by Meghna MehtaNov 28, 2019
Over the past three years, Raw Collaborative is known to have brought together some well-known as well as budding design talents from across the country on one platform, exhibiting their works to the connoisseurs of art, design and aesthetics. An overwhelming response from the fraternity as well as the masses has helped founders reaffirm their faith in the initiative.
Explaining the initial intent of the Ahmedabad-based initiative, founder Tanvi Karia, and co-founders Priyadarshini Rathore and Vishwa Bhatt Weir, said, "Through Raw Collaborative, our purpose has been to highlight the timelessness of thought, design and talent within the country and across the world. With the third edition, we wished to open up aspects of collaborative design to present different perspectives of product design, craft and art together and through the eyes of invited curators."
The third edition of Raw Collaborative presented an array of designs in various categories - from product design to textile design to craft and its allied fields. The showcase attempted to bridge the gap between the masses and design contemporaries, opening them up to the miracles of detailing, finesse, quality and style. Talking about the journey of the team, Karia said, “Looking back at Raw Collaborative over the years, we feel extremely privileged to have the best from the design fraternity with us throughout, including Rooshad Shroff, Sandeep Sangaru, Aayush Kasliwal, Hiren Patel and Rebecca Reubens, who have been torch bearers in bringing Indian craft into the mainstream. Our intent of elevating design to a place where it is appreciated for its processes, narratives, craftsmanship, quality and experimentation has been fulfilled.”
As the name suggests, the collaboration was showcased in its absolute vibrancy at the Mill Owners’ Association Building from November 28-December 1, 2019. The platform witnessed Indian designers with varied design sensibilities coming together to collaborate with each other, with artisans and with makers who are losing their craft in the swamp of modern day retailing of furniture, art and lifestyle products.
As five curated Collaborative Gallery spaces hosted the event, renowned architects and designers were invited to curate galleries on themes like Inspire and Ignite by Hiren Patel, Re-imagining the Primitive by Samira Rathod, Craft: Past, Present, Future by Vallari Harshwal, as well as Kashmir and Northeast by Sandeep Sangaru.
Showcasing in and around Le Corbusier’s architectural marvel in Ahmedabad, the event saw the curation of 29 talented participating designers and studios from across the country, presenting extraordinary furniture pieces, installations, art pieces and craft works.
Highlighting craft as an integral part of the culture, Nehal Desai curated the Craft Collective gallery that brought together works of artisans in the field of Kutchi fabric and durrie weaving, pottery and saghwan block carving.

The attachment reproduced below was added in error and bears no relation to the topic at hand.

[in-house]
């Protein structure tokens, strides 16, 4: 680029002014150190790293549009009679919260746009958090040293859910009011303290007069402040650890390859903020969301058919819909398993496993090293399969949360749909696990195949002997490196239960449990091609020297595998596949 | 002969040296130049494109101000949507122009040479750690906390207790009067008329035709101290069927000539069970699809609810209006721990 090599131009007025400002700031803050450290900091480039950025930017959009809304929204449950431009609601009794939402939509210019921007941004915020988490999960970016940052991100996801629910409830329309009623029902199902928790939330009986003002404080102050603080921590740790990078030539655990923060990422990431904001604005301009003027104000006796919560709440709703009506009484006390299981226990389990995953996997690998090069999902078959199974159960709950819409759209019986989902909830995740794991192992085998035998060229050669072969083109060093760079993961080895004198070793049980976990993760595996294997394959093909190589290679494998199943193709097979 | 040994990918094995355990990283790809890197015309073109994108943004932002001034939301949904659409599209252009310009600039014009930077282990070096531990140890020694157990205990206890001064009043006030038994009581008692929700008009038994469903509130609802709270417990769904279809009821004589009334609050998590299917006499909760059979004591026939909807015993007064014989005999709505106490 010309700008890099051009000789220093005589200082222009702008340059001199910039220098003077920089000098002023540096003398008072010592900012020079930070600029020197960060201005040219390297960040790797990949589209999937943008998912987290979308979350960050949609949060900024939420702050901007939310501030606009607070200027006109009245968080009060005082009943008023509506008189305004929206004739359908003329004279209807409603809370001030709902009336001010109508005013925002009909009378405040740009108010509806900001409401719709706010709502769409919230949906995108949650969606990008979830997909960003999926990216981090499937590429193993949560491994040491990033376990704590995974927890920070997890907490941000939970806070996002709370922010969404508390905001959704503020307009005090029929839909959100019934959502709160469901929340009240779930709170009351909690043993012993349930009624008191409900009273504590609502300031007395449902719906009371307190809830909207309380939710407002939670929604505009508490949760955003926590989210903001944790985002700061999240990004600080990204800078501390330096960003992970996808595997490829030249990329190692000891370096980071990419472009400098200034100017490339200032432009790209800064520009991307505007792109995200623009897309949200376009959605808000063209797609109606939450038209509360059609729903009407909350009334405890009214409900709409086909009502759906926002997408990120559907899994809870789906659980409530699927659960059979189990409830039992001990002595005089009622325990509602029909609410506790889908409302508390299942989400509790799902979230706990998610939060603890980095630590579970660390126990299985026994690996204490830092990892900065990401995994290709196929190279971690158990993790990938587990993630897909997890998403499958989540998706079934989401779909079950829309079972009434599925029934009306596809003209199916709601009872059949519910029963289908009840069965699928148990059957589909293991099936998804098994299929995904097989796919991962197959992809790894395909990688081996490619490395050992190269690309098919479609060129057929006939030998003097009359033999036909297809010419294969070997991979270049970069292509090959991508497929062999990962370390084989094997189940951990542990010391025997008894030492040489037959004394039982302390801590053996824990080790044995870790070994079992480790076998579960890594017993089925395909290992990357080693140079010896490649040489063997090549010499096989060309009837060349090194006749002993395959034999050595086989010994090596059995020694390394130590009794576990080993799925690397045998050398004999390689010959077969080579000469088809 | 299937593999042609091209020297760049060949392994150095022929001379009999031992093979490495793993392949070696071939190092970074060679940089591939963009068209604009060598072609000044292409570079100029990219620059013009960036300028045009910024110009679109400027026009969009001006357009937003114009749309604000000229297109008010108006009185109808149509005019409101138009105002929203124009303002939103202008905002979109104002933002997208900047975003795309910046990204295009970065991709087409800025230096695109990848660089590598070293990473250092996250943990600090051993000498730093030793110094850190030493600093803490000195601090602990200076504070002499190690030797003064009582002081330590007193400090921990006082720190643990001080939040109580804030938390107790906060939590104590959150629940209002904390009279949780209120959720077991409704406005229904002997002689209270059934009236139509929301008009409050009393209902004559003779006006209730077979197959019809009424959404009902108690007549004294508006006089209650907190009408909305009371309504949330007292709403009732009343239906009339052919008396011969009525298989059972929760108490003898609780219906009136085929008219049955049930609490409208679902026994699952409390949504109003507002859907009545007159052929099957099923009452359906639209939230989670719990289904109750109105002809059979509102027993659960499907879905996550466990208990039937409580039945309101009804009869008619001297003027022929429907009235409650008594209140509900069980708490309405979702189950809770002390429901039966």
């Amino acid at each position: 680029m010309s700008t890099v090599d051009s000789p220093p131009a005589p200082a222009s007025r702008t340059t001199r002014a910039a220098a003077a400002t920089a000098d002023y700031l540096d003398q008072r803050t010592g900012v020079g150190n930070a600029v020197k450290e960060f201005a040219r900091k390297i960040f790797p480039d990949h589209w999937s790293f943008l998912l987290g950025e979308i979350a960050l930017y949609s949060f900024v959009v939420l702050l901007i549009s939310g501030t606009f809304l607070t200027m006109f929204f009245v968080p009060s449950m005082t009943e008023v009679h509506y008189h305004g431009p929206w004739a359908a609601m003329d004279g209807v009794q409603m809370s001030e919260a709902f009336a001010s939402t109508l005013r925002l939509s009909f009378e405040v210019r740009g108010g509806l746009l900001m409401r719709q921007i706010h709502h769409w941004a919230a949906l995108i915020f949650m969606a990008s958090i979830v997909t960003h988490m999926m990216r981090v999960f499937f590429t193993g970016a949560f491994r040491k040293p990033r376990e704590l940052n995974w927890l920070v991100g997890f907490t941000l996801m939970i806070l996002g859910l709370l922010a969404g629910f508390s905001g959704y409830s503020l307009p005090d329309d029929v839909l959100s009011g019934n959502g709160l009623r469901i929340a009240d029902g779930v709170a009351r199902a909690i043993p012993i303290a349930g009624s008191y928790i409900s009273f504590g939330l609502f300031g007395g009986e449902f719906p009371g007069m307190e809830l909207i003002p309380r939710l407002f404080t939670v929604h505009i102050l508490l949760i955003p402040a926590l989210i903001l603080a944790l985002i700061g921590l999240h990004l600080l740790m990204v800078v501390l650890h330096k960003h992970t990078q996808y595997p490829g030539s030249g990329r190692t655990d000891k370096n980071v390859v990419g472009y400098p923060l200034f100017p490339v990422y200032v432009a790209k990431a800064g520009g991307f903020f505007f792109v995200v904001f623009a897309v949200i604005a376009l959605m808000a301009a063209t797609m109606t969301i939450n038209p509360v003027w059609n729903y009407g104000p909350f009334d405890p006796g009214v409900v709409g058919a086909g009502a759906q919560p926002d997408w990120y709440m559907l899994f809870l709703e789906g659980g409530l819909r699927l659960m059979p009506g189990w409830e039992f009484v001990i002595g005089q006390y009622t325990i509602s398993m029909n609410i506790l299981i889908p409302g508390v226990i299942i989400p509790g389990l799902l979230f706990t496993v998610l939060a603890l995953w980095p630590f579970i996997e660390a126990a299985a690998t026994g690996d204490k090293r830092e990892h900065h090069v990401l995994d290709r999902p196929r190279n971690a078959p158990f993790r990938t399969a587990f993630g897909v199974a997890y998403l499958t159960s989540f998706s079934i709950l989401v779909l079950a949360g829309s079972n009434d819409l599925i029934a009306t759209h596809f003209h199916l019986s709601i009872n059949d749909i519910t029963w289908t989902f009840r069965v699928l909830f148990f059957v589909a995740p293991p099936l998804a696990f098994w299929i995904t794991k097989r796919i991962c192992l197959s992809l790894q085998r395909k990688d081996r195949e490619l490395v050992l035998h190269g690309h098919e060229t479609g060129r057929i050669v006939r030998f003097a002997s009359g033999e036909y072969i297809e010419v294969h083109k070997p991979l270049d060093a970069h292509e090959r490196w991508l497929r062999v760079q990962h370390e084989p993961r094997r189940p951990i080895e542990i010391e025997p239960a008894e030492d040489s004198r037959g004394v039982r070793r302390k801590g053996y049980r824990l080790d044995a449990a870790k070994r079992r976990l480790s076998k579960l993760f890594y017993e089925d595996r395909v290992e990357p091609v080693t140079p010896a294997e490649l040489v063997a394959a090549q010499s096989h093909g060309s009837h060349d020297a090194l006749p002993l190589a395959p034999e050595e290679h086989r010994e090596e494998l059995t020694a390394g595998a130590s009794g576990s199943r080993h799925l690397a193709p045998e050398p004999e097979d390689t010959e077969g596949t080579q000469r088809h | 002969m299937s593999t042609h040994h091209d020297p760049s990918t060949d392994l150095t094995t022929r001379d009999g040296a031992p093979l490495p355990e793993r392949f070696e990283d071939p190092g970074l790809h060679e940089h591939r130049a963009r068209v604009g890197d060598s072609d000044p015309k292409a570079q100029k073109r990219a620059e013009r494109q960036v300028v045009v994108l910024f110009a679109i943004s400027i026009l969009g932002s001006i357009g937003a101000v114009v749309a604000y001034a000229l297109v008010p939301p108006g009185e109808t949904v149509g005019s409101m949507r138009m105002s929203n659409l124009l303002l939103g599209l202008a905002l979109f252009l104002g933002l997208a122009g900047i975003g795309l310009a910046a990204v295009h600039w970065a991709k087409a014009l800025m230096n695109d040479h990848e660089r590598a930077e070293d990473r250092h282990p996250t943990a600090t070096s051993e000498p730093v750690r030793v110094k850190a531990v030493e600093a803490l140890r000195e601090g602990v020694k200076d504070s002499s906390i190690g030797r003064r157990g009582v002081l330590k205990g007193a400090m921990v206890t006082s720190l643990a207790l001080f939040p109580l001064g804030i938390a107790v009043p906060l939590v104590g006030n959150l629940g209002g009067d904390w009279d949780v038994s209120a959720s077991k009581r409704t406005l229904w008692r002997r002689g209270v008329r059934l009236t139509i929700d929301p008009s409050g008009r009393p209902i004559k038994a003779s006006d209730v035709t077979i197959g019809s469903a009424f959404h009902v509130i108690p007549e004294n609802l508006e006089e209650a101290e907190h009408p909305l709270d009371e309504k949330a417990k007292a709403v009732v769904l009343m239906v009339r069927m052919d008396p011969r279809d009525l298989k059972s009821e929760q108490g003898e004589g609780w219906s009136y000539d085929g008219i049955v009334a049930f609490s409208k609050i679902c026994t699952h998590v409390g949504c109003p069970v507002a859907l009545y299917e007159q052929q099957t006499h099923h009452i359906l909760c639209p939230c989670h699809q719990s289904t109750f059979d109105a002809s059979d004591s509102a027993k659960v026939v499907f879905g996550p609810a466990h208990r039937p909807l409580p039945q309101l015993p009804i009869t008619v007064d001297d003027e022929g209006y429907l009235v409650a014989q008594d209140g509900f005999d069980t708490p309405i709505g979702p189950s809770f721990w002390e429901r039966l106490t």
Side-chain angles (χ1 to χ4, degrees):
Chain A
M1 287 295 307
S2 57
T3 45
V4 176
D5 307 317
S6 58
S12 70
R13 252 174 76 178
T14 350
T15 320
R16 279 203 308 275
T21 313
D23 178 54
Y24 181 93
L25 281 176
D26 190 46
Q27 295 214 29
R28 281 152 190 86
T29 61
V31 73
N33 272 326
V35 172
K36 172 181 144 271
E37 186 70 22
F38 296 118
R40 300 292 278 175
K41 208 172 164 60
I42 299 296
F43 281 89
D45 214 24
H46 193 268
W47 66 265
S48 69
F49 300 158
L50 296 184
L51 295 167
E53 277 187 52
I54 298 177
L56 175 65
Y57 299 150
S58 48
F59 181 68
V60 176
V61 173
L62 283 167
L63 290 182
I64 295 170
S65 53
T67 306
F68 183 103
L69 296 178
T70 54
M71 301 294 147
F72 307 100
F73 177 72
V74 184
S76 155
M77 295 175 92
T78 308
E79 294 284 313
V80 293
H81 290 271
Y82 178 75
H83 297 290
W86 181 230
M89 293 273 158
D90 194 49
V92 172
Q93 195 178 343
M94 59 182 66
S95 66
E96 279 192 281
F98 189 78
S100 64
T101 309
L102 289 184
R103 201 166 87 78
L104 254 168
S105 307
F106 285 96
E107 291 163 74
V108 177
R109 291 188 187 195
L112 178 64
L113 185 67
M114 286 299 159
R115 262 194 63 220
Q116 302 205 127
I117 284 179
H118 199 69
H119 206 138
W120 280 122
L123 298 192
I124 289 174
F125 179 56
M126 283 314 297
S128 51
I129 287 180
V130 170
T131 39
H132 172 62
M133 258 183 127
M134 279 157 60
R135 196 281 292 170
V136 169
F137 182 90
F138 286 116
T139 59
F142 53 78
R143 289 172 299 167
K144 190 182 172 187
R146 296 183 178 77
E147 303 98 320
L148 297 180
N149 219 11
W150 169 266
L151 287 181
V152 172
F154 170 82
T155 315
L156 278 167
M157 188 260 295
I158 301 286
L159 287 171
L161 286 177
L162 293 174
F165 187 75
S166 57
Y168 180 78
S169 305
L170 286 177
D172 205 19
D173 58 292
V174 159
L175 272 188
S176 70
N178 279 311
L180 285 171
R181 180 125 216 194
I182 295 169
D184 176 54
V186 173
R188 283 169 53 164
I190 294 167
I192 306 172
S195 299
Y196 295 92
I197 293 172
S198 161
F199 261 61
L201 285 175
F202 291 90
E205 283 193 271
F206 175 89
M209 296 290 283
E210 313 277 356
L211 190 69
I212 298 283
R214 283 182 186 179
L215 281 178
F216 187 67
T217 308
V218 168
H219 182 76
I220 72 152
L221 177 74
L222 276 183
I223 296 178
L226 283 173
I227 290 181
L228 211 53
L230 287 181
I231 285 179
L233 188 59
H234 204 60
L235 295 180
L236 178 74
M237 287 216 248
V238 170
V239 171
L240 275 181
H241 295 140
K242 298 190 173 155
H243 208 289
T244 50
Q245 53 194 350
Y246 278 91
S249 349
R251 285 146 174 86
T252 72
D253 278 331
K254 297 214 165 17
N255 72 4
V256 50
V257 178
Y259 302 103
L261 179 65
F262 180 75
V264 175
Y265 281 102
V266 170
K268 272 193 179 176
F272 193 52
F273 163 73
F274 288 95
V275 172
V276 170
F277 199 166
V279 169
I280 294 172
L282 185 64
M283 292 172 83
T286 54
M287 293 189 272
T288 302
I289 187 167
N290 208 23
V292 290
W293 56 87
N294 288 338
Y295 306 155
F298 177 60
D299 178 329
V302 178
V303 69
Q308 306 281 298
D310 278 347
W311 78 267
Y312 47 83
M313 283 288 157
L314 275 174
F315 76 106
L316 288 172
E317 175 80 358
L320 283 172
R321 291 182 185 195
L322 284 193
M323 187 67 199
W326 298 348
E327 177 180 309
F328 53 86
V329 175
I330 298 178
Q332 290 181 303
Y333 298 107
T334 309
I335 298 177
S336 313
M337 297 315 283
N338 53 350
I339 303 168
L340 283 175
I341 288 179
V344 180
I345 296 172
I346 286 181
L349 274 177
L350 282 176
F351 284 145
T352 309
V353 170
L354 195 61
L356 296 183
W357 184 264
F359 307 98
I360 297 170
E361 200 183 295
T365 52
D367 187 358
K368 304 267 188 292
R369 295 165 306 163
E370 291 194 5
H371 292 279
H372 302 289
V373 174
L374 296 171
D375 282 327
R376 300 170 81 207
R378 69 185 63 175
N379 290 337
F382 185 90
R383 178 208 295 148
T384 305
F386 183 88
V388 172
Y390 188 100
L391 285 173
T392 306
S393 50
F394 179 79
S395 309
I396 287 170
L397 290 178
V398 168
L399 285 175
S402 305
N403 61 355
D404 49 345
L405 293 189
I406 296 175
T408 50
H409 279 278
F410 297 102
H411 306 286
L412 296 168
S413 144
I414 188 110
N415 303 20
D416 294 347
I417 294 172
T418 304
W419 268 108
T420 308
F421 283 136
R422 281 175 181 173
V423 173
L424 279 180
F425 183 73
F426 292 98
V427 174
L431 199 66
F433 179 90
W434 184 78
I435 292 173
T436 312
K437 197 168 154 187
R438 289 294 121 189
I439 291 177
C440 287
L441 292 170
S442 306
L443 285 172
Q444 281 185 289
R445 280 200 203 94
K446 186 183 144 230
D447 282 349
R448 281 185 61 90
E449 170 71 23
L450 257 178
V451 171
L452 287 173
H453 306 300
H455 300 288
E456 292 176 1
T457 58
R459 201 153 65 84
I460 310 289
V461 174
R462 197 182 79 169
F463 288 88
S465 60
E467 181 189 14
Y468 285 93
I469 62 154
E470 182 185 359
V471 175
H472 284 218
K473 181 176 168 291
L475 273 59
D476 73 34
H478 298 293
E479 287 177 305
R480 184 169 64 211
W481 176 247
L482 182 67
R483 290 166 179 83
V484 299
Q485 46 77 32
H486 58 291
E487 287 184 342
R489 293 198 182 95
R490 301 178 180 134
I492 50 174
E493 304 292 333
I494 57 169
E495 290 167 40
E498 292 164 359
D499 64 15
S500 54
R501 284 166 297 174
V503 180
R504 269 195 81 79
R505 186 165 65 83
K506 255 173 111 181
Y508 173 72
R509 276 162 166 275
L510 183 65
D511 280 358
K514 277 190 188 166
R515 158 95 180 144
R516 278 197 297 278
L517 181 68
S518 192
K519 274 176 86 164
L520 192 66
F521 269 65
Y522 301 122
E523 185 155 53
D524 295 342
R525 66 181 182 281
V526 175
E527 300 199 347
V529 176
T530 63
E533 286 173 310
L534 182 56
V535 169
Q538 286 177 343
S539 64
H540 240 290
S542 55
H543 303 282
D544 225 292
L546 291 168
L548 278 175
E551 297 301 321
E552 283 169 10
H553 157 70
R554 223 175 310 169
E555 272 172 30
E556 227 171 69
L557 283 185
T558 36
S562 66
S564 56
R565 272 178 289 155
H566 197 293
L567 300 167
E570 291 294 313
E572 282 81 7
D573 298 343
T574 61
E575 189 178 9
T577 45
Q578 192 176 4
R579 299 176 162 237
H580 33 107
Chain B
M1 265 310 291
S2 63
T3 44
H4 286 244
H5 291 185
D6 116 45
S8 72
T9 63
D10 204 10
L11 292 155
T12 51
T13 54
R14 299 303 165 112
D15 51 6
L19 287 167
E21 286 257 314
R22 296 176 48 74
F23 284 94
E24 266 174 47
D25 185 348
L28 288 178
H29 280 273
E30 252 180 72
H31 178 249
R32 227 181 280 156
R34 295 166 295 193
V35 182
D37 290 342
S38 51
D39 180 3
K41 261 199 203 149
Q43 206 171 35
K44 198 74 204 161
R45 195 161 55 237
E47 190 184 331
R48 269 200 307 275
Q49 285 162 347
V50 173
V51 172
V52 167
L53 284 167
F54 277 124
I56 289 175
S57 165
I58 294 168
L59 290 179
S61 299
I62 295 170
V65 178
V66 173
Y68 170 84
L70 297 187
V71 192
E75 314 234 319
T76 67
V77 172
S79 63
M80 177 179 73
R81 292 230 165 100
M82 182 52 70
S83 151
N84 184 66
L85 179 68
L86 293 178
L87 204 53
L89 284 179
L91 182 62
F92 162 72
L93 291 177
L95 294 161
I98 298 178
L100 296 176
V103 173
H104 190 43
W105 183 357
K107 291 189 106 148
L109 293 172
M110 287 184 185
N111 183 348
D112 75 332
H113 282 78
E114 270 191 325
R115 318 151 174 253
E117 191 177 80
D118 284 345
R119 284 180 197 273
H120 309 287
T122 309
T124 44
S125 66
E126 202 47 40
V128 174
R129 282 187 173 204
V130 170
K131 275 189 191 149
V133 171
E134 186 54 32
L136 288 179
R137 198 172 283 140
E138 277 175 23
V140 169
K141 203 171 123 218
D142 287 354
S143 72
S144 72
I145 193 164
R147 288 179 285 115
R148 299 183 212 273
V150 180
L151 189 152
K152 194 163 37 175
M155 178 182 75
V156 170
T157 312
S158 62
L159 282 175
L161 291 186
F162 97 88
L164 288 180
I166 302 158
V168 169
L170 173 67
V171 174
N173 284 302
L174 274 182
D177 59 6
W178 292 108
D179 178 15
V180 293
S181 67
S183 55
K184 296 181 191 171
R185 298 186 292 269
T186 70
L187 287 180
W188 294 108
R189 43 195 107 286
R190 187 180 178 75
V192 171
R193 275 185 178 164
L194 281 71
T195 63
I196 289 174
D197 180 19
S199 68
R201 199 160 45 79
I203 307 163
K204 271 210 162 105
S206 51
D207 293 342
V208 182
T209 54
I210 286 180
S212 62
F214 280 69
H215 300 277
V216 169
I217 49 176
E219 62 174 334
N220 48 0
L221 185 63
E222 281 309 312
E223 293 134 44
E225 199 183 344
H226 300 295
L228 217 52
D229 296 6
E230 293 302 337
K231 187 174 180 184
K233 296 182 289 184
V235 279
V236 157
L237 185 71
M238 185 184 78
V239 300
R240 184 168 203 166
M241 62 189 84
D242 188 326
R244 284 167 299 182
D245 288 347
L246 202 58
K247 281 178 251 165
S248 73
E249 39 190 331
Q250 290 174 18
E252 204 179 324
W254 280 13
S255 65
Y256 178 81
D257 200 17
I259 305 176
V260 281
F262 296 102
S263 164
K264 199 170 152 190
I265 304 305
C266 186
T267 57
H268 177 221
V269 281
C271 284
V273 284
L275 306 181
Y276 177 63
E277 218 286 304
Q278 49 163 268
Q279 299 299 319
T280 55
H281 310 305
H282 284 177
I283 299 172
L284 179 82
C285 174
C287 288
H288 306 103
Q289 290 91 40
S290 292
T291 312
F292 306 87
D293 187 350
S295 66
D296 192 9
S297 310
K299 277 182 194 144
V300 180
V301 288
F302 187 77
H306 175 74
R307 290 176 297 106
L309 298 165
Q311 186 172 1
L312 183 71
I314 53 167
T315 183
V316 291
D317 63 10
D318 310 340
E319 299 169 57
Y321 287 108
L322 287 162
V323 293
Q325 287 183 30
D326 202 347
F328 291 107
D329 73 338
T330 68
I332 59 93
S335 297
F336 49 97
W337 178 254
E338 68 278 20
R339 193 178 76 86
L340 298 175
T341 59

The Young Designers Gallery and the Visual Art Gallery curated by the team of Raw Collaborative showcased works of designers in the making, working with different mediums in product design, ceramics, textile design, mosaic art, oil pastels and textile art.
Karia explained how platforms such as Raw Collaborative are revitalising existing design energies. “At the end of the third edition, it has been overwhelming to witness such spirited young design talents from across the country. The future of design, the future of Indian design and the future of craft looks bright with these young practitioners braving into zones that were hardly explored before including collaborations in ceramics, textiles, glass, metal, accessories, installation art, furniture, lighting as well as visual arts.”
One of the participants at the exhibition, Nishita Kamdar, said, “As the first big showcase for P.O.D., this served as an apt platform, as the focus of the show was primarily on young products designers and artists, who are making, creating and manufacturing in India. It was extremely overwhelming as well as encouraging to be in the same space with some fantastic other young as well as senior designers like Samira Rathod and Rooshad Shroff, whose work we look up to.”
Constant efforts were made during the curation of the event to present a variety of design formats. Through installations like Ankon Mitra’s origami work based on Le Corbusier's 1964 enamel work - Icône (Icon in English), Rise Design Arts’ artwork highlighting confluence of art, engineering and design, and a photography exhibition by Vinay Panjwani, not only was the venue thriving with varied mediums of expressing art but also transpired as a one-stop destination to experience the most enigmatic contemporary design talent emerging from the country.
The event spread over four days also featured RawTalks on various relevant topics and workshops, providing the participants and visitors intriguing insights and thoughts in the world of design.